entreating him not to go. But he yearned for change; the novelty of
domestic life was over; the spirit that had brought Viola's master and
his friends to the North, urged him to the South.

"Don't cry, little one," he said, "I sha'n't be gone long, and shall
bring back what will make us comfortable for a long time. Pray for me,
night and morning; take the communion faithfully; watch over the boy's
soul in my place, and see that his grandmother reads the Bible to him
every day."

Eric watched the parting between them with his usual keen observation.
Why did the mother cry, and the father smile, he wondered; and why
should his soul be watched over more than Carina's? And where was his
soul, after all?

"Carina mia," he said solemnly, as he started for school next morning,
"you should put your arms around my neck and weep when we part, like
the dear mother. And I shall watch over your soul, as the father has
watched mine."

"Was there ever such a boy?" cried Viola.

Eric gave her one of his guileless smiles, and said:

"No, never," exactly as if he were talking of some third party; and
then, with the usual good-bye kiss, proceeded on his way.

Everybody they met on the way to and from school was hard at work, save
very aged men and women, who, however, were not idle, but might often
be seen seated amid groups of fishermen, or peasants at work in the
fields, reading the Bible aloud. Eric marked, and inwardly digested,
this, and though he had not yet learned to read well, could pretend
to do so to perfection. In his father's absence his grandparents read
a chapter to him every day; he would then take the book and, by a
wonderful act of memory, with his eyes fixed upon the page, repeat word
for word to the bewildered Carina.

As Olaf pursued his solitary way, his thoughts dwelt fondly on his
little home, and proudly on his boy. But when he reflected that his
education would, at best, be limited, and that he would grow up to a
heritage of economy and care, he sighed, and wondered why nature made
such mistakes--lavishing gifts upon the poor, to whom they were of no
use, and often withholding them from the rich, to whom they would have
been so welcome.

He made his way once more into Italy, and disposed of his wares quite
readily--more so than ever before, because he now spoke Italian
readily. His weary shoulders were gladly relieved of the heavy pack
they had borne, and he now bethought himself that he might indulge
Viola with some memento of her native land. But what should it be? It
was an event in his life to make a present, and he felt almost ashamed
of himself for being so sentimental. While he stood stupidly scratching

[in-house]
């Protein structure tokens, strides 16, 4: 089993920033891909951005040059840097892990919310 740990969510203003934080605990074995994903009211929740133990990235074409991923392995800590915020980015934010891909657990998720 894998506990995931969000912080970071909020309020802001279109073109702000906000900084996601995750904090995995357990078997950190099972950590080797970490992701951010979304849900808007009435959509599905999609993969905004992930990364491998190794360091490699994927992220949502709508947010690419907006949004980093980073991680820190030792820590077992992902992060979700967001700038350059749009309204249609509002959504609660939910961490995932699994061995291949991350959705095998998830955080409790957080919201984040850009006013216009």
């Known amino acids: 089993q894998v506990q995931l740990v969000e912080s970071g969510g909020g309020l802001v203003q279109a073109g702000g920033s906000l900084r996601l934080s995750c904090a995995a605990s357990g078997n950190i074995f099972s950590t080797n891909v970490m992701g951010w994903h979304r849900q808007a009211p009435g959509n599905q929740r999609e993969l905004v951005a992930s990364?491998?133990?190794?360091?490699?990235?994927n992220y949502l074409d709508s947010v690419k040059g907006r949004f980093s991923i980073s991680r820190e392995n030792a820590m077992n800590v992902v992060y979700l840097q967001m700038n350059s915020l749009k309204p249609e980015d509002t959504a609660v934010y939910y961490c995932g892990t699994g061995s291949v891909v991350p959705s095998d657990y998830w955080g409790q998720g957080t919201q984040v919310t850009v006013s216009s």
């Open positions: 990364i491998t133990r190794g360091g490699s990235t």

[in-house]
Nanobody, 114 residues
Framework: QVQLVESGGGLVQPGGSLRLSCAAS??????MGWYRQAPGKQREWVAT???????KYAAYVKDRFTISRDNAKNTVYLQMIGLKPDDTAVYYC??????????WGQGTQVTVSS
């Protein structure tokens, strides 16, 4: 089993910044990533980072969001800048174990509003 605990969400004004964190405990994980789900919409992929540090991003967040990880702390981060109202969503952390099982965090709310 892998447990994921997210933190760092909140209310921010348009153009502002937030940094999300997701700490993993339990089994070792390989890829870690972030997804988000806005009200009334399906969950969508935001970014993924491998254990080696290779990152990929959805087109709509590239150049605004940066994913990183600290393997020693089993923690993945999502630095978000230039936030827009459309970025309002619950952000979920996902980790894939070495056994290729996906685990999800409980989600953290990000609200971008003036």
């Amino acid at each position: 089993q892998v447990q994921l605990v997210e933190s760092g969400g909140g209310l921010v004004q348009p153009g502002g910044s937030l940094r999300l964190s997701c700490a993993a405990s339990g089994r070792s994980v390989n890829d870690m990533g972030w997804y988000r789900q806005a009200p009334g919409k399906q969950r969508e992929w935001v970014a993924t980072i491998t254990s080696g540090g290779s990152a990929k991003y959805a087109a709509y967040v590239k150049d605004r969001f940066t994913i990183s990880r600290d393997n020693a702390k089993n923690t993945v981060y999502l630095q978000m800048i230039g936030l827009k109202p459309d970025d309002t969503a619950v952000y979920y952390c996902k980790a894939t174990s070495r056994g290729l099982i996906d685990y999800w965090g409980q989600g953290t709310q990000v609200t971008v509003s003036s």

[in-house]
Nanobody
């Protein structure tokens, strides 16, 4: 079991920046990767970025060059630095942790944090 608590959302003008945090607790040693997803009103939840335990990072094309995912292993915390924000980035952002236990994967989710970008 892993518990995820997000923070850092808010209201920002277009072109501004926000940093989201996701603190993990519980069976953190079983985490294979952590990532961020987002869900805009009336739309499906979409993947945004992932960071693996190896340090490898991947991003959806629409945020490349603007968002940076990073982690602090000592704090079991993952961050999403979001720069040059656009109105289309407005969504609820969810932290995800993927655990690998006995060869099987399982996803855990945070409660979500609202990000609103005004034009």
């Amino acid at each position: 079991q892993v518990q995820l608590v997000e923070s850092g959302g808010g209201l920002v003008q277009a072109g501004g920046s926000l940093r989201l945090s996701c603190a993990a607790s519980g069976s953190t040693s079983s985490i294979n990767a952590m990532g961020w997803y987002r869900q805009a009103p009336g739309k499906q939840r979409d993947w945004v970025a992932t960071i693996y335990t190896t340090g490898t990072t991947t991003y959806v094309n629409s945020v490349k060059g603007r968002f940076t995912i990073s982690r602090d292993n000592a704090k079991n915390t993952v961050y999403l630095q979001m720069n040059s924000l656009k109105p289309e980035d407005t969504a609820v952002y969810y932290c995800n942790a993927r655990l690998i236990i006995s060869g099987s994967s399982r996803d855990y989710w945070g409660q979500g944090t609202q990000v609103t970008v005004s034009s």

his head, a merry, musical voice fell on his ear, that was so like
Viola's that he started and turned, almost expecting to see her before
him. It was a young girl, daughter of the man to whom he had sold his
wares, and she was asking if he did not mean to carry home some gift to
his wife, unconsciously hoping that he hadn't one.

Olaf felt that he could confide in one of Viola's country-women, and in
a few words told her the dilemma he was in.

A quick flash of intelligence lighted the girl's face, and she began
searching among the heterogeneous articles scattered about, and finally
held up, in triumph, a small picture, in which Italy's beautiful blue
was the color that chiefly caught the eye.

Olaf knew little about art, but had some general idea that even this
small study was beyond his means. But the musical tongue ran merrily
on; he should have it for her country-woman for a mere song, and it
would warm her heart to see a bit of her own sky.

"Yours," she said, "is bleak and cold. I would not live there; it would
kill my heart!"

At the same time she would have tried the experiment under the guidance
of such a genial-looking man as Olaf, provided he had no wife.

"And now," she said, "something for the boy, with his blue eyes and
rosy cheeks."

"Black eyes and olive cheeks, like thine!" cried Olaf.

The girl blushed and smiled.

"Would this please him, think you?" she asked, producing a miniature
palette, on which were fastened cakes, in water colors--a cheap affair,
such as, however, has gladdened many a child's heart.

"And, stay, here are brushes, likewise--a gift to the Swedish boy with
my eyes and hair."

Olaf received the little gracefully-offered gift, and took leave, the
young girl following his sturdy figure with her eyes as long as it was
in sight.

"The saints grant that the father does not miss the picture, and beat
me for as good as giving it away," she cried; "and if he does, Antonio
shall paint him another. Ah, Antonio, if your eyes were but blue, and
your cheeks ruddy! If you were tall, and straight, and strong, and not
as black as a raven, and round-shouldered, and bow-legged! And still
painted divinely!"